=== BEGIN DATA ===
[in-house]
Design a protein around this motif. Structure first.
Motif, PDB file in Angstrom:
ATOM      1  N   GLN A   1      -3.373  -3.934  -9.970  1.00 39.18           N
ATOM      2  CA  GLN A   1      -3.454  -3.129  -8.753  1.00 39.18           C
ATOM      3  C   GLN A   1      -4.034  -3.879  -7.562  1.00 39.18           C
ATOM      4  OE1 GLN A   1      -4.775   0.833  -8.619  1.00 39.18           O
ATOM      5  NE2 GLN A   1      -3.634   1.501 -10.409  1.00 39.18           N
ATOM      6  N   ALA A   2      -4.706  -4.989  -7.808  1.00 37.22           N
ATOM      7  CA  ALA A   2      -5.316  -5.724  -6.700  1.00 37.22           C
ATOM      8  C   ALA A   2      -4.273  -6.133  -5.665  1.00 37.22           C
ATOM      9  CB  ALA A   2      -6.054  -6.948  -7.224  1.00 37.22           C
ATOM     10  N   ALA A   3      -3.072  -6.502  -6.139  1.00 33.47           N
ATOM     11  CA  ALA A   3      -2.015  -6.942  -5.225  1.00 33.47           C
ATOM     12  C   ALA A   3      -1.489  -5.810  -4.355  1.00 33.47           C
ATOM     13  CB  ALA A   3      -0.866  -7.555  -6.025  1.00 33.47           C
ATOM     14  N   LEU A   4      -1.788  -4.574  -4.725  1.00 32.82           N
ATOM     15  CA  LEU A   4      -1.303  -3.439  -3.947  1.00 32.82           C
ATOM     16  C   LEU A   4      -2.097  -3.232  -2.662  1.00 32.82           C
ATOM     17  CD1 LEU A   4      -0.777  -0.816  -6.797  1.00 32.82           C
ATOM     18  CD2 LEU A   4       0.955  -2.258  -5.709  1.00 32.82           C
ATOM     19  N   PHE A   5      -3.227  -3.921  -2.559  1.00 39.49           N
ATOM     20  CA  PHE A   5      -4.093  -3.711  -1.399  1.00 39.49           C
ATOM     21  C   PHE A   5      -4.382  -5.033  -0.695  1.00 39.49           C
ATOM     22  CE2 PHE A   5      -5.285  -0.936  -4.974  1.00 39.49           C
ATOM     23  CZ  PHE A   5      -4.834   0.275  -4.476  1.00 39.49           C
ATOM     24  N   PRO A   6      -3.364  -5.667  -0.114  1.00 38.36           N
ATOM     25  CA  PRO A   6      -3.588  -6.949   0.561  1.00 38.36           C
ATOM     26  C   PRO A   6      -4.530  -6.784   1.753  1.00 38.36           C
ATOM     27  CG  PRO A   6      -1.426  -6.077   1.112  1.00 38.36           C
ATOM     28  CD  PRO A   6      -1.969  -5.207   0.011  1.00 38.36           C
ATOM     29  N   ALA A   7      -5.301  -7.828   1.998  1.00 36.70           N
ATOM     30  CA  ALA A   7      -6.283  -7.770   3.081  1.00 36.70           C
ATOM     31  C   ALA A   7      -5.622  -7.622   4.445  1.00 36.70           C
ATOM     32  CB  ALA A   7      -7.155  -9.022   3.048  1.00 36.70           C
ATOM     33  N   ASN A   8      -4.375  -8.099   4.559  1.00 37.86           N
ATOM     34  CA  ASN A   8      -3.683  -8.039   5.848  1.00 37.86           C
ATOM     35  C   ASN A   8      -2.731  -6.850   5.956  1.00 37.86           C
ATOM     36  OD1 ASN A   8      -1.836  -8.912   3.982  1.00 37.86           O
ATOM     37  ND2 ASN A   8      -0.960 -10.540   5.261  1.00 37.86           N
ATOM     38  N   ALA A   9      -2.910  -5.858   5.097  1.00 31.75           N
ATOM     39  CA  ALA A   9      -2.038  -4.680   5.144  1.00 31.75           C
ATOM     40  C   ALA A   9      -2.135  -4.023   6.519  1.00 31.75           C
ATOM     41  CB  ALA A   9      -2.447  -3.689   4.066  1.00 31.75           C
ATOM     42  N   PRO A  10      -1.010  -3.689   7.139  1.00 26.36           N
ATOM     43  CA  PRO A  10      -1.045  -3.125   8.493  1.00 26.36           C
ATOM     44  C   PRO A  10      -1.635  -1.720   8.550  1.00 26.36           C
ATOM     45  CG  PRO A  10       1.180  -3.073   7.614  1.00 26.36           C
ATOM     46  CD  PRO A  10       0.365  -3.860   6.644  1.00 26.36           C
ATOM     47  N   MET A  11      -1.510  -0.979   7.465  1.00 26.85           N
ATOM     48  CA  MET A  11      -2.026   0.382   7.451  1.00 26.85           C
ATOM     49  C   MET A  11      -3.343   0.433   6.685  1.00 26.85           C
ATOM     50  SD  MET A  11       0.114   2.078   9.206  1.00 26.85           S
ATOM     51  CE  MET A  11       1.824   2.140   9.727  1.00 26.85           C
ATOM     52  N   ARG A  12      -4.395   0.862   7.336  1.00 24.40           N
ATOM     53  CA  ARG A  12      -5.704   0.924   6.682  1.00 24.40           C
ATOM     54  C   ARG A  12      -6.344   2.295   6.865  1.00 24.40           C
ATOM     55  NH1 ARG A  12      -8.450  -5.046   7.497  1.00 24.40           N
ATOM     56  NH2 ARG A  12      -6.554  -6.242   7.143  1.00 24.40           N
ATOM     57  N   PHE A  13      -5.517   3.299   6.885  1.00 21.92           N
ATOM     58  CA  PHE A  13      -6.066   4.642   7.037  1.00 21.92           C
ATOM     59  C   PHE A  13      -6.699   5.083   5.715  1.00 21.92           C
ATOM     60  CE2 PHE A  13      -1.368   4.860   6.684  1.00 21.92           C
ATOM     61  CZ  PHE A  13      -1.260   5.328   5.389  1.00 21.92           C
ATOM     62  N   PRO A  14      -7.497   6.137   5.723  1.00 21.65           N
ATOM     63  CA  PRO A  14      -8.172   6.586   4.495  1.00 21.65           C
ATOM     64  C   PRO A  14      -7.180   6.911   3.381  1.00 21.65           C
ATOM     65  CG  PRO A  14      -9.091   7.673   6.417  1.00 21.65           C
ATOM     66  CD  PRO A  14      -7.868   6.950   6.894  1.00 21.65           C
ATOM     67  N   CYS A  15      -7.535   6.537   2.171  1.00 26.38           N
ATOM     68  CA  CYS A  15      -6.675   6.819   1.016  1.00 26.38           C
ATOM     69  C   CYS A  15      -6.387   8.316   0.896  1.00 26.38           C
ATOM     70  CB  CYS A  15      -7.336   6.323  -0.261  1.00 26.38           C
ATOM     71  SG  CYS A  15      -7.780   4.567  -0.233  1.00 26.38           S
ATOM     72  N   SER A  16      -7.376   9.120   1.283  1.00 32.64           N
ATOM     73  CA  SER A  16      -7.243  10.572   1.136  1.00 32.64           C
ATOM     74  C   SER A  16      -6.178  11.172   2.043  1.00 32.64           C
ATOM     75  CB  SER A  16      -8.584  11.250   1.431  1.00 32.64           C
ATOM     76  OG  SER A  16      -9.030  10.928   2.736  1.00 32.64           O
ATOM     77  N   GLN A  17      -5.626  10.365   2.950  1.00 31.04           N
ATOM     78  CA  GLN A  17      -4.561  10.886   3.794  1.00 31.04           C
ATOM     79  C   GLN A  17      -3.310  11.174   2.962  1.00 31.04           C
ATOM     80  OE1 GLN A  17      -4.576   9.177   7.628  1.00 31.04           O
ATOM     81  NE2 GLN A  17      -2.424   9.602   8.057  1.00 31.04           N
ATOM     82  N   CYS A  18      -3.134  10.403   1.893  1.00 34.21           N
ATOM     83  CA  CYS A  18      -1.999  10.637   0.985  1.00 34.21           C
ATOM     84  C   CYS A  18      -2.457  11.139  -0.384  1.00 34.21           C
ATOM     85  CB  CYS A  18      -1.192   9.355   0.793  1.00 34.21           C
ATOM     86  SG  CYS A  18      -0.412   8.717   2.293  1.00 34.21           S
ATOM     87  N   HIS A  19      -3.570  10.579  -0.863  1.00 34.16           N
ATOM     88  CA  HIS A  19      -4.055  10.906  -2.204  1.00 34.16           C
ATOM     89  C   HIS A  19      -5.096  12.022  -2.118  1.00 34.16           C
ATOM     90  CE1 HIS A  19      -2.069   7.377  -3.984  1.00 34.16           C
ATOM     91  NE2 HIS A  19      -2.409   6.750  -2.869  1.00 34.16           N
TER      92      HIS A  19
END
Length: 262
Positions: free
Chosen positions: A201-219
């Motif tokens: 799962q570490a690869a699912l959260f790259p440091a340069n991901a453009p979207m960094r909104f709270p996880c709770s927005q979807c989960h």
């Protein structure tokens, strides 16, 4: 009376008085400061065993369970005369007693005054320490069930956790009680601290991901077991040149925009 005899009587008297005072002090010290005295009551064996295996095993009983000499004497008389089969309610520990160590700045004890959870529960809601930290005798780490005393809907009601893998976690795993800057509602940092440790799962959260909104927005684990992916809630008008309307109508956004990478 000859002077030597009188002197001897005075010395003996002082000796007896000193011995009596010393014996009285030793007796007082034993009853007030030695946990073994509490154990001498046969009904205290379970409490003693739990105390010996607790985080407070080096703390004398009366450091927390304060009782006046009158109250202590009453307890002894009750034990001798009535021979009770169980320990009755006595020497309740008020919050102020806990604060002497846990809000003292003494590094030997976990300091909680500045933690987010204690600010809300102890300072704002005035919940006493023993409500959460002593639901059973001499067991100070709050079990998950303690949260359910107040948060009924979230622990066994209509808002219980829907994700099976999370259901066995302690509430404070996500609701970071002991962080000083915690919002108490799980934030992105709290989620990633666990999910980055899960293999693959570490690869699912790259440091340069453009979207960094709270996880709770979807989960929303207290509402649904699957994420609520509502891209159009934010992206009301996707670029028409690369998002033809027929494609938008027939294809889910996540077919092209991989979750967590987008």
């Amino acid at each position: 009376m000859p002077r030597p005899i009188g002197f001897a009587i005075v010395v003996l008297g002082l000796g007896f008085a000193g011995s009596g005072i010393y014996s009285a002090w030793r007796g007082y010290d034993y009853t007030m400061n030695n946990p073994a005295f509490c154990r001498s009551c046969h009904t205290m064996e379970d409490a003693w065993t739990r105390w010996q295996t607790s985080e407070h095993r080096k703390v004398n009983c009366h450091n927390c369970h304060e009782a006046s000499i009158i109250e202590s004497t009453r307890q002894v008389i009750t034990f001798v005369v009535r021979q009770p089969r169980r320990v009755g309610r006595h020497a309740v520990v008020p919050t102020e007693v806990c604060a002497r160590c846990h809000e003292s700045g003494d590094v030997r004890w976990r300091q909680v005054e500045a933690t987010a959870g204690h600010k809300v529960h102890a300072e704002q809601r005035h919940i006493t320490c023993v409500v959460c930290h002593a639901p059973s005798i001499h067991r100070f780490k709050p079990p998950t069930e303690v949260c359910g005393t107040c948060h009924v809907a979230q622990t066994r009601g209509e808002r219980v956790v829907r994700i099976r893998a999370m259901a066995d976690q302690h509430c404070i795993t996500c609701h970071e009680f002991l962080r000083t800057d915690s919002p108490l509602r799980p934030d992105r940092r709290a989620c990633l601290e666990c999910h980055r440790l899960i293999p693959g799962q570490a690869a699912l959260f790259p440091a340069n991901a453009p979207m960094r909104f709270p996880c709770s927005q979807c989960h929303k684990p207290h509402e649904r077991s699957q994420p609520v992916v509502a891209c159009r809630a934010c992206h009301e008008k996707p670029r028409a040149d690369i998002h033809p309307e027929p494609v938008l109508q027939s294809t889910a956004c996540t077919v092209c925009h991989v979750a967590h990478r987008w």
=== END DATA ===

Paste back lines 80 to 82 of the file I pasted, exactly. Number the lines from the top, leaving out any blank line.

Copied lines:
ATOM     77  N   GLN A  17      -5.626  10.365   2.950  1.00 31.04           N
ATOM     78  CA  GLN A  17      -4.561  10.886   3.794  1.00 31.04           C
ATOM     79  C   GLN A  17      -3.310  11.174   2.962  1.00 31.04           C